55. Double Decker Pressure-Cooking

Most of us are always keen on learning new cooking short-cuts, that will save on dishes and time in the kitchen. If you already own a pressure cooker then I hope that what I’m about to share with you today will be something life changing! That it will be something that will save you loads of time in future. And …that you will use some of the time saved to nurture and pamper yourself so that you become less stressed and a better care-giver. So lets discuss ‘double decker pressure cooking!’

As you all know, once you have sealed your pressure cooker and timed it,  you don’t stir or disturb your pot that is under pressure. You allow your food to cook and wait for it to be finished the allotted time and then go on to release pressure from your pot. Next you get to check if your food is cooked tender enough as desired. 

Unless you happen to be using a very small pressure cooker, chances are you have a lot of wasted space between your food level and pot lid. If you happen to be making rice, beans or legumes that boil and bubble and require that space then never attempt ‘double- decker pressure cooking’.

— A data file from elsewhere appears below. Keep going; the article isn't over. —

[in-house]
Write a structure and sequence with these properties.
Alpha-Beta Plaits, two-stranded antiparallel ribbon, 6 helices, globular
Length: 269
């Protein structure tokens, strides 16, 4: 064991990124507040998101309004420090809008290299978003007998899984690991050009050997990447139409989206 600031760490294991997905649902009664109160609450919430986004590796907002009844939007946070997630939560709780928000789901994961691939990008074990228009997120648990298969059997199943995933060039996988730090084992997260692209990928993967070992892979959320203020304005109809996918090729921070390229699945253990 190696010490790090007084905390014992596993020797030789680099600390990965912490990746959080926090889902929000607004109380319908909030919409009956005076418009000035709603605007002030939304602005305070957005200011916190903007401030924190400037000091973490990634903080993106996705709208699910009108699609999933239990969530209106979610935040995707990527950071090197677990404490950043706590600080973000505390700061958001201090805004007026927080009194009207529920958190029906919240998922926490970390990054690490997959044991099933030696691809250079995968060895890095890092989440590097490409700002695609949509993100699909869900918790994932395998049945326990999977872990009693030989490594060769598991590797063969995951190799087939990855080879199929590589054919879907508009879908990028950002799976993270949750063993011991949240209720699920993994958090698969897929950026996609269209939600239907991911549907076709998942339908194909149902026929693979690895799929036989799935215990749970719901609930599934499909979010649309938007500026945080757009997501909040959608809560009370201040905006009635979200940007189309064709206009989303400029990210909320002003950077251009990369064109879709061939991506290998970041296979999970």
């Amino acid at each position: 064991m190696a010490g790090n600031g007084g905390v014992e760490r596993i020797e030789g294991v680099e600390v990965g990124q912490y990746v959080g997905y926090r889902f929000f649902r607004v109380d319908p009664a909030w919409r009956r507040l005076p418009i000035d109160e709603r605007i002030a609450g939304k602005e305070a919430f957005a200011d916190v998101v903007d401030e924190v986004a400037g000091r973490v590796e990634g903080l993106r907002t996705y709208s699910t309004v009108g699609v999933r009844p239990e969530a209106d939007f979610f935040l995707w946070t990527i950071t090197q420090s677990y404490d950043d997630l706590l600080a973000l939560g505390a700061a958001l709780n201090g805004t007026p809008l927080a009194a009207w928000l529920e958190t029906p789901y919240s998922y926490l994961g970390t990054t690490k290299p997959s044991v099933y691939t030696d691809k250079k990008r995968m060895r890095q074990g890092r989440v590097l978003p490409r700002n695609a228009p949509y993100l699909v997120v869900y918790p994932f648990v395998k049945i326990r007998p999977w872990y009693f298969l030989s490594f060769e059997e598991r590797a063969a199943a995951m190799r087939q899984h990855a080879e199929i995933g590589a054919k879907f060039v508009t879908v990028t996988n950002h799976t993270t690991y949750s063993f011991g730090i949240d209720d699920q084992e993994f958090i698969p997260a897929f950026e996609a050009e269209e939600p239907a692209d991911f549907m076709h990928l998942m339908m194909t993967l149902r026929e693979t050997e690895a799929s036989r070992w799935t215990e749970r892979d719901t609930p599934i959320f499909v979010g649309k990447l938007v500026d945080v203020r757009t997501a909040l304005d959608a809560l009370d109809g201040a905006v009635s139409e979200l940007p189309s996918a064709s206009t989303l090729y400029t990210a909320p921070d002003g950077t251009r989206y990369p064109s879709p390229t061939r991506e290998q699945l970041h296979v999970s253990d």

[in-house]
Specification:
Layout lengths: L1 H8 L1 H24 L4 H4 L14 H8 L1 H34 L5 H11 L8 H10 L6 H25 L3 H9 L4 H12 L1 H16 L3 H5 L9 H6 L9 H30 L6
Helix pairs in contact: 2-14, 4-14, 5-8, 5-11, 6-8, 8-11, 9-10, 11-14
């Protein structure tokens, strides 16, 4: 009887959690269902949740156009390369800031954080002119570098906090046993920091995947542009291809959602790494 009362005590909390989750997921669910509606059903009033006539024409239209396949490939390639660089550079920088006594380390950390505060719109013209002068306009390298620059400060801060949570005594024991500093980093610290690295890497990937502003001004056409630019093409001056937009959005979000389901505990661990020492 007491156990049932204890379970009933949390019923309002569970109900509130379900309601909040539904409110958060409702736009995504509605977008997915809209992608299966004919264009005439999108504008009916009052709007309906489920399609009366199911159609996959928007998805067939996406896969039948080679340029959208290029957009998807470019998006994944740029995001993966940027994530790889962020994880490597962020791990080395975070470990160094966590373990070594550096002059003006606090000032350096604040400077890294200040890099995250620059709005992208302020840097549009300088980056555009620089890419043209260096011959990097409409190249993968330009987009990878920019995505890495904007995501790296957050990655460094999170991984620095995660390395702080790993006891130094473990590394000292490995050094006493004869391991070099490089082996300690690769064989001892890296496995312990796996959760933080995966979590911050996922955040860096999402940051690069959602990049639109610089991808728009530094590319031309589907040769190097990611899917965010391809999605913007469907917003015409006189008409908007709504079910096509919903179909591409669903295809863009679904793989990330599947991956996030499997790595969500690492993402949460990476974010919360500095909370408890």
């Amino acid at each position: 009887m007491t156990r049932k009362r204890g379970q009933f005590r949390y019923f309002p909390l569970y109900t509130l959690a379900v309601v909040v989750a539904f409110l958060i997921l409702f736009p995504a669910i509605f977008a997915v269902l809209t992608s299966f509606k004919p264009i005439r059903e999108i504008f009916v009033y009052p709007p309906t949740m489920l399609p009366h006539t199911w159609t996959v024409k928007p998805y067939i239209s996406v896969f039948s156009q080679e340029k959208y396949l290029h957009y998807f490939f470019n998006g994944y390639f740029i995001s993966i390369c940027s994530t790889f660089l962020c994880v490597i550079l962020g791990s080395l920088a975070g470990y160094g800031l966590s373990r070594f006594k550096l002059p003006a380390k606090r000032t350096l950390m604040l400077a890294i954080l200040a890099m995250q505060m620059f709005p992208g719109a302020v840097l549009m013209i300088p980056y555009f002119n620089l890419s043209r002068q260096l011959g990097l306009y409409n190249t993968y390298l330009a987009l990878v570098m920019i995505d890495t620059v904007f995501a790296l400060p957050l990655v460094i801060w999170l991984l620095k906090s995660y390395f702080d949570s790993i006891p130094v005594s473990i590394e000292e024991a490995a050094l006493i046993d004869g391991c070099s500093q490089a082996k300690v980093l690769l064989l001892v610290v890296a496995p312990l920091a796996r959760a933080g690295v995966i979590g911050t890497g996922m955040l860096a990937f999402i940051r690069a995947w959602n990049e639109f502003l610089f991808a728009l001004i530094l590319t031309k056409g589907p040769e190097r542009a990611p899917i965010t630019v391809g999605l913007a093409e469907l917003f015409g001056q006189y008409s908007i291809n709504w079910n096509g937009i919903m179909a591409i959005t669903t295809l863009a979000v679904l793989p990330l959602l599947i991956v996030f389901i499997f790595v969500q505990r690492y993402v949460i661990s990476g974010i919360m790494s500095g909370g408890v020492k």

However if you are cooking meat or roasts which actually shrink and don’t swell with cooking, then why not place a trivet or rack over that and attempt double-decker pressure cooking. You simply go and steam some other food item such as  carrots, cabbage chunk, veg etc or more meat perhaps over that on the rack simultaneously. You then close your pot and allow it to cook its allotted time and when it is done, you will have two pots worth of food prepped.

My family love having meat curries often and after braising my meat and adding sufficient water for it to cook till tender, I often add a stainless steel pot-rack over and place few whole peeled potatoes over. (reason I leave them whole is it prevents them cooking too fast and becoming mash) 

I then seal my pot and set my timer. When the time is up, I simply have to release steam, open my pot and using tongs remove my potatoes and trivet/rack. The potatoes are then cut into wedges and once I’m happy my meat is tender enough, get added to my meat curry. 

Other times I may be doing a small leg-roast in my pressure cooker and a batch of chops, or steak on my rack or trivet above it, for  another day. It saves me time plus electricity plus its good to know that I have a batch of tender meat ready in the fridge or freezer for another day or for unexpected guests. 

Lets hope todays post and tips gets more ‘potheads’ busy and productive in the kitchen churning out tasty home prepped meals.
Happy Double Decker Pressure-Cooking!!!


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